NUMB phosphorylation destabilizes p53 and promotes self-renewal of tumor-initiating cells by a NANOG-dependent mechanism in liver cancer.

Journal: 
Hepatology
Publication Year: 
2015
Authors: 
Hifzur R Siddique
Douglas E Feldman
Chia-Lin Chen
Vasu Punj
Hiroshi Tokumitsu
Keigo Machida
PubMed link: 
26174965
Public Summary: 
Human stem cell populations are maintained through self-renewing divisions in which one daughter cell commits to a particular fate while the other retains the parental traits. The NUMB, a tumor suppressor, in conjunctions with another tumor suppressor protein p53, preserves this property and acts as a barrier against deregulated expansion of Tumor-associated stem cells.As the molecular mechanism governing the stability of the NUMB-p53 interaction are poorly understood, we tried to identify the molecule/s govern this process. Using cancer cell lines, tumor-initiating cells (TICs) of liver, the mouse model, and clinical human samples, we identified that phosphorylations of NUMB destabilize p53 and promotes proliferation (self-renewal) of TICs by transcription factor NANOG-dependent manner. NANOG phosphorylates NUMB via aPKCζ, through the direct induction of Aurora A kinase and the repression of an aPKCζ inhibitor, LGL-2. Phosphorylation of NUMB by aPKCζ destabilizes the NUMB-p53 interaction, p53 proteolysis and to deregulate proliferation in TICs. Our work identifies the NANOG-NUMB-p53 signaling axis is an important regulatory pathway in liver tumorigenesis and suggest a therapeutic strategy by targeting NUMB-phosphorylation.
Scientific Abstract:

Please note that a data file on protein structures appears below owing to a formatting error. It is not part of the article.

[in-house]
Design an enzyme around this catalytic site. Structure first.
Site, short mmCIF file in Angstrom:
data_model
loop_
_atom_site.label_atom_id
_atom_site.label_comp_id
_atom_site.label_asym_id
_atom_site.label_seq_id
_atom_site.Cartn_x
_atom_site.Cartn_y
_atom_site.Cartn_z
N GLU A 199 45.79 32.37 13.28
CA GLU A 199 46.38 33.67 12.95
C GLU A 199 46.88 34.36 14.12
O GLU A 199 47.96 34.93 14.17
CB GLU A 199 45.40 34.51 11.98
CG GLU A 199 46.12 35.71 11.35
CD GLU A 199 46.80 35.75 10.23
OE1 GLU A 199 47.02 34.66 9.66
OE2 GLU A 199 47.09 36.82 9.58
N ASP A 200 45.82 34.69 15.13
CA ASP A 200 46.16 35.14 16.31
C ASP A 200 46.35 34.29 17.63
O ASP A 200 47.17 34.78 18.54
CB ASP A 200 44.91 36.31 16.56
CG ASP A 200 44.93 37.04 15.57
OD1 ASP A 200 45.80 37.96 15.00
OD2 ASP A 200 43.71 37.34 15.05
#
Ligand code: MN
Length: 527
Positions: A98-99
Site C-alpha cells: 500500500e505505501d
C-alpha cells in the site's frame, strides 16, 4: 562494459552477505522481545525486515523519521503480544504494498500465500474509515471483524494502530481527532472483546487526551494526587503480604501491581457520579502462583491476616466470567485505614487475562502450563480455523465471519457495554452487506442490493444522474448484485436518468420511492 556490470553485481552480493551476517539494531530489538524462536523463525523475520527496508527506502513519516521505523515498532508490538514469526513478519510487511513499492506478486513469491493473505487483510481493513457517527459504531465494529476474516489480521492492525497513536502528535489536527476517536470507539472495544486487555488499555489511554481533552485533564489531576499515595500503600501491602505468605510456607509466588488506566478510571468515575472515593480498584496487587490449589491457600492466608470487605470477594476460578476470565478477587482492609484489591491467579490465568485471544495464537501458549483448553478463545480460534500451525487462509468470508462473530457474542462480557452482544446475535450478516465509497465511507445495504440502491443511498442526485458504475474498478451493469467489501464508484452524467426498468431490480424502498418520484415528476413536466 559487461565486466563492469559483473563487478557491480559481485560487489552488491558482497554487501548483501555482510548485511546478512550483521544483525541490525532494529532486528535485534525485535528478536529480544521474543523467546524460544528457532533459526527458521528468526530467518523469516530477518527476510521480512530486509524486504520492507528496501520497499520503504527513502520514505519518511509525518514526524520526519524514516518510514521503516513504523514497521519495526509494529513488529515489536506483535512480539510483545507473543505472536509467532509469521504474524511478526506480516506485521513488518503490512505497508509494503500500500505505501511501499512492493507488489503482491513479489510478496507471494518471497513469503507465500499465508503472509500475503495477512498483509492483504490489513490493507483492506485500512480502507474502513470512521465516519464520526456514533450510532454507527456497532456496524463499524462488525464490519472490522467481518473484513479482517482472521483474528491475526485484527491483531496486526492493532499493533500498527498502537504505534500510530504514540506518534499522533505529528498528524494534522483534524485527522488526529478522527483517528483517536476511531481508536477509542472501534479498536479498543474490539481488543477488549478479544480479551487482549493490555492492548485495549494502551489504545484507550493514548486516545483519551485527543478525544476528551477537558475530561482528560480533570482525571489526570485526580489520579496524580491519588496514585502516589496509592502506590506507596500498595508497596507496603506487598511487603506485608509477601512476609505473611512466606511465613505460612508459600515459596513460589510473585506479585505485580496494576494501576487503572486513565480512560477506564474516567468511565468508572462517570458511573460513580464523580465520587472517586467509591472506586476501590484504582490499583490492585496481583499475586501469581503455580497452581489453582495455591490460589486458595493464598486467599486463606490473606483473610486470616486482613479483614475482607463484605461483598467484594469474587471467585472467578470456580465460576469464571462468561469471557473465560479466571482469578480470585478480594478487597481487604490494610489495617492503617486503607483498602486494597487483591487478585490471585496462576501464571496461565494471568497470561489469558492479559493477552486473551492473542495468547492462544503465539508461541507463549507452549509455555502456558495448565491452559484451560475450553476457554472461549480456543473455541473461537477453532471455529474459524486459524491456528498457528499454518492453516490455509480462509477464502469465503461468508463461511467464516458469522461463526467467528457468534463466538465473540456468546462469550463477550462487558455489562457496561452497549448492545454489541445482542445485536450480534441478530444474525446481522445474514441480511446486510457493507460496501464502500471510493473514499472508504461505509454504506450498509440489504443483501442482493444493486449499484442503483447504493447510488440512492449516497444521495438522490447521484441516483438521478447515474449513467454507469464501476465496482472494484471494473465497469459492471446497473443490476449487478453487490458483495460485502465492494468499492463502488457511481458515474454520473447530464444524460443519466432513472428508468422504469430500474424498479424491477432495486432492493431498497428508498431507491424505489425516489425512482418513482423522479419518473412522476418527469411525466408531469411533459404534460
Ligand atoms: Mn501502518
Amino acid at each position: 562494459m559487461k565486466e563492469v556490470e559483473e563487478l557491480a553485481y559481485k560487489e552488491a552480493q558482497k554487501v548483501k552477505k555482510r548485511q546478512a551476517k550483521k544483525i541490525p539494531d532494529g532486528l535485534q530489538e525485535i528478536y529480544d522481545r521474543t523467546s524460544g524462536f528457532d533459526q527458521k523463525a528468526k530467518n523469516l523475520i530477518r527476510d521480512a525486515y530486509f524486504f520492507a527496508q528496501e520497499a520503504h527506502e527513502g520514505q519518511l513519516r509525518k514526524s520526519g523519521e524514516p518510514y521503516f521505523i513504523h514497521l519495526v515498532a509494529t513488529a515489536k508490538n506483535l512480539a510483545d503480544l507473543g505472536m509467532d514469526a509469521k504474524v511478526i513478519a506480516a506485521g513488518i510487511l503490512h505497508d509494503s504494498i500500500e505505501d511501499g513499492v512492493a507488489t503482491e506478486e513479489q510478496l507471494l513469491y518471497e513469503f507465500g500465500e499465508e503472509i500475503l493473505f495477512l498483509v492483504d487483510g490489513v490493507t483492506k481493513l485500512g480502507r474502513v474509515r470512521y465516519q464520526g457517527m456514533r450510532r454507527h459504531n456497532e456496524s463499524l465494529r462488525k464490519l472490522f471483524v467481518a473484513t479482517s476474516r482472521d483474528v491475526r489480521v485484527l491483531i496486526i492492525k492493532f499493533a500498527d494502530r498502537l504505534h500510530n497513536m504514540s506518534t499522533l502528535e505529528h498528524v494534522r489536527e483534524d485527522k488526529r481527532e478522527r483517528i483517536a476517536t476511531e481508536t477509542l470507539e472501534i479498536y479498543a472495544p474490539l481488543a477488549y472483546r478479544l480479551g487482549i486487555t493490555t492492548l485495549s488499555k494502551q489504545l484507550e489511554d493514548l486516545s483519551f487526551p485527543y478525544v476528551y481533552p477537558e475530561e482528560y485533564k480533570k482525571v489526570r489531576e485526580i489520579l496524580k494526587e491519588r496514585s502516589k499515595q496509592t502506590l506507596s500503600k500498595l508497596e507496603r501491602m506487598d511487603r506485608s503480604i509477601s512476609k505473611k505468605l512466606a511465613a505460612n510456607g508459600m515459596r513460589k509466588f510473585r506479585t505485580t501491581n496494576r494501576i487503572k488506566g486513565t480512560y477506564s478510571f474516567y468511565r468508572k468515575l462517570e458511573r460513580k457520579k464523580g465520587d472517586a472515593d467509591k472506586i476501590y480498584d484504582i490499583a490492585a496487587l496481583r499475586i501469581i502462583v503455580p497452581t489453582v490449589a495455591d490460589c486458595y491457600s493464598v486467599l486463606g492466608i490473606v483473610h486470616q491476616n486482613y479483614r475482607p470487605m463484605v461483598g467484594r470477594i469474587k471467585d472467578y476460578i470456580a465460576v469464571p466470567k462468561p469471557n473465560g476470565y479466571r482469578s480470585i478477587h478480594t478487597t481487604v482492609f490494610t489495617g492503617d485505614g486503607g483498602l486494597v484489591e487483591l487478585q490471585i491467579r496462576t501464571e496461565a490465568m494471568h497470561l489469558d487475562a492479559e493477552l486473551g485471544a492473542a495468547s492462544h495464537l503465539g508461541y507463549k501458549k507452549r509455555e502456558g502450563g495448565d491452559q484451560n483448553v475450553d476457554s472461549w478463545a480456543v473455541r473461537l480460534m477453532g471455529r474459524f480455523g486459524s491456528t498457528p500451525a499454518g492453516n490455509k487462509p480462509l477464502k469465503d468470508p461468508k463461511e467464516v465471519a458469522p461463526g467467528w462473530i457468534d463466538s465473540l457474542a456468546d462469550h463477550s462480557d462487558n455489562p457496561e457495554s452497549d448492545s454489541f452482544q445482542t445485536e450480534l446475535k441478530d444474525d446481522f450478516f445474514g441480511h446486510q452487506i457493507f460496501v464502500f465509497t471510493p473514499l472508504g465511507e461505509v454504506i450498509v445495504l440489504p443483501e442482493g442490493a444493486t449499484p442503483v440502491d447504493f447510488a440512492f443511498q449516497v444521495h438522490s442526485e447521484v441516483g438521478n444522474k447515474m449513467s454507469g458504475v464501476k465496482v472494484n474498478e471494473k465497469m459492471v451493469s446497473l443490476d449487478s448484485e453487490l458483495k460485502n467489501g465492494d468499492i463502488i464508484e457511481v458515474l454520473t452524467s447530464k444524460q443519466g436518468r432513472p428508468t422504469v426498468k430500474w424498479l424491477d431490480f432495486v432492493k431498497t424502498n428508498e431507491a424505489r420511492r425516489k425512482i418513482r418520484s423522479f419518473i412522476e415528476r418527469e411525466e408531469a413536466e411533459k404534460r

Stem cell populations are maintained through self-renewing divisions in which one daughter cell commits to a particular fate whereas the other retains the multipotent characteristics of its parent. The NUMB, a tumor suppressor, in conjunction with another tumor-suppressor protein, p53, preserves this property and acts as a barrier against deregulated expansion of tumor-associated stem cells. In this context, NUMB-p53 interaction plays a crucial role to maintain the proper homeostasis of both stem cells, as well as differentiated cells. Because the molecular mechanism governing the assembly and stability of the NUMB-p53 interaction/complex are poorly understood, we tried to identify the molecule(s) that govern this process. Using cancer cell lines, tumor-initiating cells (TICs) of liver, the mouse model, and clinical samples, we identified that phosphorylations of NUMB destabilize p53 and promote self-renewal of TICs in a pluripotency-associated transcription factor NANOG-dependent manner. NANOG phosphorylates NUMB by atypical protein kinase C zeta (aPKCzeta), through the direct induction of Aurora A kinase (AURKA) and the repression of an aPKCzeta inhibitor, lethal (2) giant larvae. By radioactivity-based kinase activity assays, we showed that NANOG enhances kinase activities of both AURKA and aPKCzeta, an important upstream process for NUMB phosphorylation. Phosphorylation of NUMB by aPKCzeta destabilizes the NUMB-p53 interaction and p53 proteolysis and deregulates self-renewal in TICs. CONCLUSION: Post-translational modification of NUMB by the NANOG-AURKA-aPKCzeta pathway is an important event in TIC self-renewal and tumorigenesis. Hence, the NANOG-NUMB-p53 signaling axis is an important regulatory pathway for TIC events in TIC self-renewal and liver tumorigenesis, suggesting a therapeutic strategy by targeting NUMB phosphorylation. Further in-depth in vivo and clinical studies are warranted to verify this suggestion.